M’Nope-in: Insanity as a Defense, Part 1.

Hey, welcome back to Lawyers & Liquor as we start the week off with a banging of a gavel and the popping of a cold, delicious morning beer (what, that’s not a thing?) with an examination of law, law practice, and the various other sundries of legal minutia and misfeasance that has a bad habit of creeping into the day.

I’m the Boozy Barrister, and today we’re going to talk about a light subject, just a little bit of levity before you charge headlong into the hellish week that is the beginning of August. That’s right, today we’re going to talk about – and break down in terms that laymen, baby lawyers, the legal fetal collection of cells that is a law student, and even the old hands that may never have cracked a criminal guide since the bar – the many vagaries surrounding the defense of “insanity” in the American justice system…and how it differs from other mentally-based determinations you may run into in a criminal court matter.

But first, a word from our “Please Don’t Do This” Department.

If you think this is legal advice, you may qualify to assert one of these defenses.

Look folks, I’m certainly a lawyer. However, in no way, shape, or form am I your lawyer, and for reasons that will become clear today unless I was licensed in all 50 states I am in no way a final word or source on any of this information. What pops up here on Lawyers & Liquor is a discussion of general legal principles for the purposes of education, entertainment, and occasionally explicit evisceration of how the law is applied in specific instances. This isn’t legal advice, and there is no attorney-client privilege that’s going to attach to everything or anything you send me or comment. Further, if you’re in a position where anything I profanely proliferate on herein may apply to you, you should most definitely seek out an attorney licensed to practice in your jurisdiction and heed their wise advice and counsel over that of a sentient and angry whiskey glass on the internet.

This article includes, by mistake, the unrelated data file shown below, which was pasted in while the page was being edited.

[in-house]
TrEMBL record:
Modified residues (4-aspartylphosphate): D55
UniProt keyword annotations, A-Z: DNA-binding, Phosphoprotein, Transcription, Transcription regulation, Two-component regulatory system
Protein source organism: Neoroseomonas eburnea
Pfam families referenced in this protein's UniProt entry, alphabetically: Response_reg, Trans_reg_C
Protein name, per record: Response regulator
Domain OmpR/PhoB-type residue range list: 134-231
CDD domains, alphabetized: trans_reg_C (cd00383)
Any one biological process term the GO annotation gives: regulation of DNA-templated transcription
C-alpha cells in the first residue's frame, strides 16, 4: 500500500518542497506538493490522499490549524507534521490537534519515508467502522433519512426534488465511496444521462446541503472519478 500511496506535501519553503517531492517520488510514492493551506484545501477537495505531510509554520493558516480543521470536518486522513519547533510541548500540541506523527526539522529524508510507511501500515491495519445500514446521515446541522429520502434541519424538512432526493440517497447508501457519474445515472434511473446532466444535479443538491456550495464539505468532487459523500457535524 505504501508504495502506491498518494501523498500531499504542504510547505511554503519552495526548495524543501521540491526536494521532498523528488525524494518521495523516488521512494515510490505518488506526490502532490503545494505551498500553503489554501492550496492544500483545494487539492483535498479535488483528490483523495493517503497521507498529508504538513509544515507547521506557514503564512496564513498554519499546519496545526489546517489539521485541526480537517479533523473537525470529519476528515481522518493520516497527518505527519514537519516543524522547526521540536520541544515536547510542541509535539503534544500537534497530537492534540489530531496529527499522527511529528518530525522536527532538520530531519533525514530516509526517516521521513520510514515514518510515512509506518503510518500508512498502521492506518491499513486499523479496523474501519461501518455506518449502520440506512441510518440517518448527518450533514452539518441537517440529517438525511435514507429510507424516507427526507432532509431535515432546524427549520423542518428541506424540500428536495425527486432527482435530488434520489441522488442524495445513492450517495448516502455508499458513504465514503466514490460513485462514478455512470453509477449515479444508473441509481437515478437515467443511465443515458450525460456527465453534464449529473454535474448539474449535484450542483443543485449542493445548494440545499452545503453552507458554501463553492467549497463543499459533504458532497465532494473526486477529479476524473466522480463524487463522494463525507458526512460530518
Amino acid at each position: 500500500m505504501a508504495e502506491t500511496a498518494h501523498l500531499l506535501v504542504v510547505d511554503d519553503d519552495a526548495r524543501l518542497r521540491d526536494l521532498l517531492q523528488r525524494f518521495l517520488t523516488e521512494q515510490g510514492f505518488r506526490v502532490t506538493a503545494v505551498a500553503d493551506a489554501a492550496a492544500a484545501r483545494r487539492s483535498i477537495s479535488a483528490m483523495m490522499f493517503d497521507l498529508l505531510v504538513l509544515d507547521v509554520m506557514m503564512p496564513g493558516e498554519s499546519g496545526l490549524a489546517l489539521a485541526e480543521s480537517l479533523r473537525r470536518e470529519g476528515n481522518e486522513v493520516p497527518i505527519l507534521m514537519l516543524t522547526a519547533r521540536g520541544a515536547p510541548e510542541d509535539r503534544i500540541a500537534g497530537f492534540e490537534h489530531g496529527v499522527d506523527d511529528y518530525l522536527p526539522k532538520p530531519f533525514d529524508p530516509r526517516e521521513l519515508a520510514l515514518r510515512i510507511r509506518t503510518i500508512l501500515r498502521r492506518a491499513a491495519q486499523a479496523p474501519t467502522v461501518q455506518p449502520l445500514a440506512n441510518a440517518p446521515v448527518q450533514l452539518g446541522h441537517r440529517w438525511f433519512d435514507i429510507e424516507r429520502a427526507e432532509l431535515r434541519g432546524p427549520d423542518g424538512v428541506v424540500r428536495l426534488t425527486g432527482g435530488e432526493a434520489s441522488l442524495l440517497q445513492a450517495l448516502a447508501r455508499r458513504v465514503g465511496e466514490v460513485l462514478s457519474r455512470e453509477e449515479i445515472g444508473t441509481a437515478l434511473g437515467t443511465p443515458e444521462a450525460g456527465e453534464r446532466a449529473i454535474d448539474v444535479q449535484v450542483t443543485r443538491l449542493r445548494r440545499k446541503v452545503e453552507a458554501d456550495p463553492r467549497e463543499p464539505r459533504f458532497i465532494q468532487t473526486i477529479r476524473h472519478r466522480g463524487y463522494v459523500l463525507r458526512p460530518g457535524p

With all that said and understood, I’m gonna drag out our Completely Sane Strawman for today’s discussion, whose sole purpose is to give me a nice foil to play off of as we dive deep into the world of mental issues, illness, and instability for today’s discussion.

First off, you shouldn’t use the words “defect,” “insanity,” or “illness” when talking about mental conditions, Boozy.

Coming right out of the gate with it today, huh?

Look, while the terms we’re going to be using today may be considered ableist, we’re going to have to face the reality that legal writing and jurisprudence is about 50 years behind the times when it comes to using correct and acceptable terminology. In a lot of circumstances I can avoid using specific terms or alter them a bit, but the fact of the matter is when we’re talking about phrases like “mental defect,” “insanity,” “incompetent,” or “mental illness,” these terms may have very specific legal meanings as developed over the years, and those meanings may be slightly different depending on where we are, what rule is being used, or what court issued the opinion. For that reason, we have to use the terms as they are set forth in the law and case law itself when discussing these things, otherwise stuff can get confusing.